The chief textual witness to the text of the Didache is an eleventh-century Greek parchment manuscript known as Codex Hierosolymitanus (or Codex H) that was discovered in the late nineteenth century, now kept in Jerusalem. The Church Fathers also cite the Didache, so we know it enjoyed a place within early Christian life and practice. Eusebius, for example, places it alongside non-canonical books that “are known to most of the writers of the Church” (Ecclesiastical History 3.25).
In the early twentieth century, two small Greek parchment codex fragments with portions of the Didache turned up in the Egyptian city of Oxyrhynchus. These represent the earliest Greek witness of the Didache by about 650 years, since the fragments are generally dated to the fourth century (and Codex H to the year 1056). In 1922, British papyrologist Arthur Hunt published the edition of the fragments in the famous Oxyrhynchus Papyri series. The fragments are referred to by their publication number, P.Oxy. 15.1782.
Measuring 5 x 5.8 cm and 5.7 x 4.8 cm, the fragments are part of a “miniature codex.” These palm-sized manuscripts apparently became popular among Christians in the fourth century and beyond, and quite a few of them were discovered in the ancient trash heaps at Oxyrhynchus. The Oxyrhynchus fragments preserve the text of Didache 1:3c-4a and 2:7b—3:2a. Hunt calculated that eight leaves were required for the text intervening between folio 1 verso and folio 2 recto. This is of course assuming that the fragments are part of a continuous text of the Didache and not merely extracts. (I personally think it is highly possible that we have here extracts and not a continuous text, but more on that later.)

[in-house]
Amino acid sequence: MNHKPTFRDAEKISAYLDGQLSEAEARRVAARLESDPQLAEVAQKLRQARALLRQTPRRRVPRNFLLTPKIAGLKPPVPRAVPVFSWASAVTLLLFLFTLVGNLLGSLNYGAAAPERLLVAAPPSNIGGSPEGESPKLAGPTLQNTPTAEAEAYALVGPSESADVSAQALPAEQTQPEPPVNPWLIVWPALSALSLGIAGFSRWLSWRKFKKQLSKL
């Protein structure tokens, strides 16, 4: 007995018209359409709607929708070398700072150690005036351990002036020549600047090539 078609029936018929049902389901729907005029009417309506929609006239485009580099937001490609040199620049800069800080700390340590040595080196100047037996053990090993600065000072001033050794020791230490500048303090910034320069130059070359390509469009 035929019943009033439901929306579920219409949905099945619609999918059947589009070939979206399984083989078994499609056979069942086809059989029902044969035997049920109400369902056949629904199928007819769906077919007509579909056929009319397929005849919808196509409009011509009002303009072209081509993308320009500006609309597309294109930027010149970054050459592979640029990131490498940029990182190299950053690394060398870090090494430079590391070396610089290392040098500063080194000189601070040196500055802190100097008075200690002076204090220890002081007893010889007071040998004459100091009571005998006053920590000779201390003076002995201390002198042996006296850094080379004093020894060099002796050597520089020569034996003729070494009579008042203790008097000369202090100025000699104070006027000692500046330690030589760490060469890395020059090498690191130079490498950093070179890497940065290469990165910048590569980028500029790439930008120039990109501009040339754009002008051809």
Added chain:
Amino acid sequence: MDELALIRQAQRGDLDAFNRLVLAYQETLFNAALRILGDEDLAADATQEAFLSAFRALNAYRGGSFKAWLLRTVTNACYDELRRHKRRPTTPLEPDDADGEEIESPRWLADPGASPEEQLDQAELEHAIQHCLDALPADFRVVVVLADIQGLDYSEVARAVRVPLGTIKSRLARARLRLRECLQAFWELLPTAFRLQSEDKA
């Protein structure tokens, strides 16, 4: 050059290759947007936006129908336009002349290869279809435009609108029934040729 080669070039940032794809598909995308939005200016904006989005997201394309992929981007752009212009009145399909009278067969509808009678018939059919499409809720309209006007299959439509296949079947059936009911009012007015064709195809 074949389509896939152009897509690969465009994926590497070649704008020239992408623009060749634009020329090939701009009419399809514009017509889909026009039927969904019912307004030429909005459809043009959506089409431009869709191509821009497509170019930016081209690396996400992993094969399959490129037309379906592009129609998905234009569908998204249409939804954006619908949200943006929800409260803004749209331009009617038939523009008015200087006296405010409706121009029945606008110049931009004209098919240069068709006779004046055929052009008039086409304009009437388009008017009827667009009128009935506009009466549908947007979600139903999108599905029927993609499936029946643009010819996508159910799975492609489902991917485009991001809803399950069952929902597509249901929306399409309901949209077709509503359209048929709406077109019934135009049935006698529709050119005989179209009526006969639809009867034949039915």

The fragments are significant for their age but also because they demonstrate variation in wording compared to the text of Codex H. To wrap up this brief summary, I provide below two good photographs of the two Oxhyrhynchus Didache fragments.